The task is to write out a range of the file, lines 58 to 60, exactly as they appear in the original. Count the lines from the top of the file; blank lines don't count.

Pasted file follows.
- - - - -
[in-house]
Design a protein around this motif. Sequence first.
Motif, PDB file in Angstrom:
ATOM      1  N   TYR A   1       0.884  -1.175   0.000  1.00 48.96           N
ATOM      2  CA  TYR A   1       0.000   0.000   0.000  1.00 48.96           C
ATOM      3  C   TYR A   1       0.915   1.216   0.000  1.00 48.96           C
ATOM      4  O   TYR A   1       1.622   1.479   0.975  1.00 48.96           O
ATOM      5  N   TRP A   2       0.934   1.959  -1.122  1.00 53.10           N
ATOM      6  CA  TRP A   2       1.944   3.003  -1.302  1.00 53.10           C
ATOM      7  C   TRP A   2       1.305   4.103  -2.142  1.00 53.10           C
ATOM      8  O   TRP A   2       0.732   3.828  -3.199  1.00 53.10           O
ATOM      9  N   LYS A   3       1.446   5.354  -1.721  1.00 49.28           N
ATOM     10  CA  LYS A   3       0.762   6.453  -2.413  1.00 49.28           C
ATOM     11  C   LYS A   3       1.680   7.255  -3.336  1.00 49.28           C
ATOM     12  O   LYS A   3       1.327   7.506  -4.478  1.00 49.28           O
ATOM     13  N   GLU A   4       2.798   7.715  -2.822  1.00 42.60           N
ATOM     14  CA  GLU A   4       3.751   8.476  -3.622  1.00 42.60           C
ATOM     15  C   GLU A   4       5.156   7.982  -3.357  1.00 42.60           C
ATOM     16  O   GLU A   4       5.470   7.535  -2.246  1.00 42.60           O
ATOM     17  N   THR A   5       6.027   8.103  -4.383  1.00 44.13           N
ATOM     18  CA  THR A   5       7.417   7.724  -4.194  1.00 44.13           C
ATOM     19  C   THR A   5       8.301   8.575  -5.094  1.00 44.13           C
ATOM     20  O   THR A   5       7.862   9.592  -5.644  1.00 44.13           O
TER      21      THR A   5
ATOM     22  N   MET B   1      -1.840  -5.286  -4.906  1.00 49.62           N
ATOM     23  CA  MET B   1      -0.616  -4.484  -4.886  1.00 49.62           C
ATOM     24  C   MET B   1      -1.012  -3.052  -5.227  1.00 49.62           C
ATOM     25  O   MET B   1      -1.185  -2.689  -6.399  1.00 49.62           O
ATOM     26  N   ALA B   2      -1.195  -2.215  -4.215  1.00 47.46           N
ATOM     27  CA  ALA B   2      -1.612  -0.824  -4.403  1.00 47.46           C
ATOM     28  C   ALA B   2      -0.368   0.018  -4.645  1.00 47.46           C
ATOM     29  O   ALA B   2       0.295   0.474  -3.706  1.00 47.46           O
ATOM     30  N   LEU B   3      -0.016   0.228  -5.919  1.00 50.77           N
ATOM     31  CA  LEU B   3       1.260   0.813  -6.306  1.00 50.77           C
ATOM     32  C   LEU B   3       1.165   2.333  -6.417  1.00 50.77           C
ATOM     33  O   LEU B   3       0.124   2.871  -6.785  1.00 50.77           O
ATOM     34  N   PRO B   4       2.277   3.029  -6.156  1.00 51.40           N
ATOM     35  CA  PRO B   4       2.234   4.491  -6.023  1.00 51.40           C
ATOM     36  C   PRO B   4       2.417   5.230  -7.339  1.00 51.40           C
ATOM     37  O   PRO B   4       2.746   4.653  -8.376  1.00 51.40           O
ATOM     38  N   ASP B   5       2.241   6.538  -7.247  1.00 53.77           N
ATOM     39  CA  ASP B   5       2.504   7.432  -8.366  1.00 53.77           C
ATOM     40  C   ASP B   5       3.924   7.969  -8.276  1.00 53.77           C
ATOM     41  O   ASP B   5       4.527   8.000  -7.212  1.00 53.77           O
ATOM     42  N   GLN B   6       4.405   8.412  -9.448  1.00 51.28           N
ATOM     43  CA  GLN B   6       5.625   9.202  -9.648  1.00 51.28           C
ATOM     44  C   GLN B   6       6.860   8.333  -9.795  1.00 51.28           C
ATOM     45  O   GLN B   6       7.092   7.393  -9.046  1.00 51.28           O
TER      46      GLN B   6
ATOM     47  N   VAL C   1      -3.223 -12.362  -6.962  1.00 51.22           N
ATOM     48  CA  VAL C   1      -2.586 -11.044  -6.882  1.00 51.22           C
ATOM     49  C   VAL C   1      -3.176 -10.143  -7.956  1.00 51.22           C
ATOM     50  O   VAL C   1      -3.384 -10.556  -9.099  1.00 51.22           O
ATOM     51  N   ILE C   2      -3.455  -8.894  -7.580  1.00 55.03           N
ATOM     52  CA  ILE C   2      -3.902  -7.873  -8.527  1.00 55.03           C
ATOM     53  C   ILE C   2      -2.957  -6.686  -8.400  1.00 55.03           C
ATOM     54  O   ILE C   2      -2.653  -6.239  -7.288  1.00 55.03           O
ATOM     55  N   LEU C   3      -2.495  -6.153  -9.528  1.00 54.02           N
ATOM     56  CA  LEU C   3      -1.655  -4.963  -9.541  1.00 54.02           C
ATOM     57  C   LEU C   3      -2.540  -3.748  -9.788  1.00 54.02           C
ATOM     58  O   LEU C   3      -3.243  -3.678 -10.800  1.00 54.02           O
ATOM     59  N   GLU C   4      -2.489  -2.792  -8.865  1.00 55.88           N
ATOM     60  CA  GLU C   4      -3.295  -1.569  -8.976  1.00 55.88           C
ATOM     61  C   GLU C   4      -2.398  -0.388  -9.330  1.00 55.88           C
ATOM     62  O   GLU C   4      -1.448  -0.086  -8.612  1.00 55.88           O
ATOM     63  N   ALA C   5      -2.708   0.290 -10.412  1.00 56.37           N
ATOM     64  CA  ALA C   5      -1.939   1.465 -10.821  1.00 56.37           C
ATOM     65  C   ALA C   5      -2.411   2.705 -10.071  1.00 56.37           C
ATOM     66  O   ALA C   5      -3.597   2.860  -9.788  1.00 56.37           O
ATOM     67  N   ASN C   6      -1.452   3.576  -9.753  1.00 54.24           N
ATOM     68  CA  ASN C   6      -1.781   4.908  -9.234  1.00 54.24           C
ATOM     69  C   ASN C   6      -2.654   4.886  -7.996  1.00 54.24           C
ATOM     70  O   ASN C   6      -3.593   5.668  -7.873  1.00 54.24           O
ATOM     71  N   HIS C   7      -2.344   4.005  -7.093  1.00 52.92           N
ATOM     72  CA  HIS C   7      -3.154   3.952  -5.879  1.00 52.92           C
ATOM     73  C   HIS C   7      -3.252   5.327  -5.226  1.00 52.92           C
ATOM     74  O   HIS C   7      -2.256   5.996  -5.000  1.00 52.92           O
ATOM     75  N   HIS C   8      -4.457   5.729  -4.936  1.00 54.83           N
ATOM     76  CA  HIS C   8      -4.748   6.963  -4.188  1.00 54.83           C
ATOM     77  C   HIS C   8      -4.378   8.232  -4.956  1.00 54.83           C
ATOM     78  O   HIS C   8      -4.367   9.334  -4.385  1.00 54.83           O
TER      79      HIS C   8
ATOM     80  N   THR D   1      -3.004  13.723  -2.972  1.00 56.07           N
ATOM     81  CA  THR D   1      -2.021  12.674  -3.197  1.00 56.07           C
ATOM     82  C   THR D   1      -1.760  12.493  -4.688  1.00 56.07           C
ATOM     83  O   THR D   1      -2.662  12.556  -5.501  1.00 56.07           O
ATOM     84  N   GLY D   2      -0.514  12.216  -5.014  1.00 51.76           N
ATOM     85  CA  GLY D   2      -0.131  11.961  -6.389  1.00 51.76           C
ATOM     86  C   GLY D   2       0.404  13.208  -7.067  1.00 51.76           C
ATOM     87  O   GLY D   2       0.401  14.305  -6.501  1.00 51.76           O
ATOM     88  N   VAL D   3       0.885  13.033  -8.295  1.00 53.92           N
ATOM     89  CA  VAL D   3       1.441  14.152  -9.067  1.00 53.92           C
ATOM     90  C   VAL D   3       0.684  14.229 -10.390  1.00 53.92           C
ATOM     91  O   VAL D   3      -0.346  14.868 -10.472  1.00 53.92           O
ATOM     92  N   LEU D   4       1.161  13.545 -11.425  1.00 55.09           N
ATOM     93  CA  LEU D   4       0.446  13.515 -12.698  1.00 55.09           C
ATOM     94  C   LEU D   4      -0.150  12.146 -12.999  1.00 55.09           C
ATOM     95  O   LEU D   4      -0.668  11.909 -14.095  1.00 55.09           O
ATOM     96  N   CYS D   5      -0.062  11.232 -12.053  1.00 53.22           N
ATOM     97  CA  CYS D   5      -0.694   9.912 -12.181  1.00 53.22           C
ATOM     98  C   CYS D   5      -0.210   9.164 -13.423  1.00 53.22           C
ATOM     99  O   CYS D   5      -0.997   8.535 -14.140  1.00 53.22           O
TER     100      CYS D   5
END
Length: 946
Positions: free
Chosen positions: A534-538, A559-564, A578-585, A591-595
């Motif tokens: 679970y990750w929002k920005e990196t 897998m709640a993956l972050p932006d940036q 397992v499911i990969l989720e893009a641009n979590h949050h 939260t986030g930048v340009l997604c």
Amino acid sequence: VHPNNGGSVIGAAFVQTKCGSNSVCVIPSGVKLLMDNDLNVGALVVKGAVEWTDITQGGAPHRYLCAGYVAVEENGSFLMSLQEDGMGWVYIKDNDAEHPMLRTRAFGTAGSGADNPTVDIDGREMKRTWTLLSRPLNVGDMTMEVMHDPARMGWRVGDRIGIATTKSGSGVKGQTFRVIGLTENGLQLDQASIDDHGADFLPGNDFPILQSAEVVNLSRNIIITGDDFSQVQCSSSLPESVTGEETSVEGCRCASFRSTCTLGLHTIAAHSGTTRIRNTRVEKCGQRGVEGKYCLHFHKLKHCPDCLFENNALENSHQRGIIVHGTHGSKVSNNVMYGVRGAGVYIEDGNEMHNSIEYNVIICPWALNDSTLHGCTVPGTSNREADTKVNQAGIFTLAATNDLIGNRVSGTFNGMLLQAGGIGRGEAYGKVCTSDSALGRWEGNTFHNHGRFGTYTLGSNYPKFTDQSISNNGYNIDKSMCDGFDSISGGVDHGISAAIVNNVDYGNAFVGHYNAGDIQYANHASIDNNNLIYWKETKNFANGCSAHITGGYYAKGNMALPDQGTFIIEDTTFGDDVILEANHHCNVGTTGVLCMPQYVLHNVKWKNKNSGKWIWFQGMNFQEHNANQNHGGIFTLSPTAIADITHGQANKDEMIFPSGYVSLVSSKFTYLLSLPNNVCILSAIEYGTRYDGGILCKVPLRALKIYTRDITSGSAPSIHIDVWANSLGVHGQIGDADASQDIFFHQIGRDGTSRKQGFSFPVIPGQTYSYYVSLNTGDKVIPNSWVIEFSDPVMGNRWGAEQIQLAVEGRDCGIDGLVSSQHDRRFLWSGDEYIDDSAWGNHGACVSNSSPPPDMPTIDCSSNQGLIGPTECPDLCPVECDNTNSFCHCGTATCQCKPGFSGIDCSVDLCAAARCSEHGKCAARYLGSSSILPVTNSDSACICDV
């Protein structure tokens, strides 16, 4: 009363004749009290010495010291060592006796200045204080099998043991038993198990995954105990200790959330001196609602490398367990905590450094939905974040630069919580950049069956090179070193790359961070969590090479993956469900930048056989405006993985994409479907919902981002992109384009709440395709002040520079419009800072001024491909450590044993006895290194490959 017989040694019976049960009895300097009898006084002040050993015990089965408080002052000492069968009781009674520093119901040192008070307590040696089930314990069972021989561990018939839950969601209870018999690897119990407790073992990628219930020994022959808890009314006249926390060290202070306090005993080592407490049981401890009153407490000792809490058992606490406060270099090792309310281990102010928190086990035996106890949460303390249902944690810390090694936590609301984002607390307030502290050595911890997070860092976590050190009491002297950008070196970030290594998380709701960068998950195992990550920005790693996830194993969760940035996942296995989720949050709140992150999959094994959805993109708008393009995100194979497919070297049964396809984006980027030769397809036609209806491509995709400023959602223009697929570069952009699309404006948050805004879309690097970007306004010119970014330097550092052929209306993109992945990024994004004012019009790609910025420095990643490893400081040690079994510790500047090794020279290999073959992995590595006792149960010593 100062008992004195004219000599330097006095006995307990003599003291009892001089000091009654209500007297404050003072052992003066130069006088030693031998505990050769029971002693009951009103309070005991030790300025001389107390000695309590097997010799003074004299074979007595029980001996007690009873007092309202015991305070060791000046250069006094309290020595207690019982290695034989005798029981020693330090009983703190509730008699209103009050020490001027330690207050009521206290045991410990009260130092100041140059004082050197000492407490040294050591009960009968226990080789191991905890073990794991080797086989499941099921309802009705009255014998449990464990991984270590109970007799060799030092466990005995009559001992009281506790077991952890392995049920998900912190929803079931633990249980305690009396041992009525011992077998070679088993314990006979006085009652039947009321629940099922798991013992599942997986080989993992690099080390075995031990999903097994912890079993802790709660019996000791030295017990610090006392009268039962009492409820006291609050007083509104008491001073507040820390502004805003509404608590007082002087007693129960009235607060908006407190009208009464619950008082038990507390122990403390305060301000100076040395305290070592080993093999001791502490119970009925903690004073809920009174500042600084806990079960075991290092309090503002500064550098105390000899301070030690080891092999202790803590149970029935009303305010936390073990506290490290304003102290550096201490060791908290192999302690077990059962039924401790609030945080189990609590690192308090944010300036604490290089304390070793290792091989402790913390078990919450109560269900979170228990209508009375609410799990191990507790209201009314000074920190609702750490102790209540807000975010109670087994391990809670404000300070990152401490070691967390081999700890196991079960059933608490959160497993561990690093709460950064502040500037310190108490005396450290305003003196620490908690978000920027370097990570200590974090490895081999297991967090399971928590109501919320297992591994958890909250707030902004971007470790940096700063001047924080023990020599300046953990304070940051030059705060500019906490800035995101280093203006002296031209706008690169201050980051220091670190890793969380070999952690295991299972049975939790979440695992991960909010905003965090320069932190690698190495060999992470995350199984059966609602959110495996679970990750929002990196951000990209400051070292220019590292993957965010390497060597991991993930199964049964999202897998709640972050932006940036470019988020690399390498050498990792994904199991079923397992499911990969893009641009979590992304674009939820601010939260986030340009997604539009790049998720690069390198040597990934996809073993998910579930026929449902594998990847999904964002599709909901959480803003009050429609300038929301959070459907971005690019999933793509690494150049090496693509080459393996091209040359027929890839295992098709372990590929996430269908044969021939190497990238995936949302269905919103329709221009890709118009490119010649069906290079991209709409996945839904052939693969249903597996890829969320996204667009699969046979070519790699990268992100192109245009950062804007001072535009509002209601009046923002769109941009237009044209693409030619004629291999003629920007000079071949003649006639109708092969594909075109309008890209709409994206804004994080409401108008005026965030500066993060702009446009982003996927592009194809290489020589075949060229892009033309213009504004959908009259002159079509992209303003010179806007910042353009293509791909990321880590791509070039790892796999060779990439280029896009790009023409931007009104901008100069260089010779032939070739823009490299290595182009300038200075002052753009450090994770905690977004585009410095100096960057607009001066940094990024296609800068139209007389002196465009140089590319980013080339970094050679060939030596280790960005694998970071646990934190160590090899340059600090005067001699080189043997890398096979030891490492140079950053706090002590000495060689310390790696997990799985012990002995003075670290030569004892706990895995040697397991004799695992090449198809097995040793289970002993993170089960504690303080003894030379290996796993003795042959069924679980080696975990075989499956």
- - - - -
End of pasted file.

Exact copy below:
ATOM     55  N   LEU C   3      -2.495  -6.153  -9.528  1.00 54.02           N
ATOM     56  CA  LEU C   3      -1.655  -4.963  -9.541  1.00 54.02           C
ATOM     57  C   LEU C   3      -2.540  -3.748  -9.788  1.00 54.02           C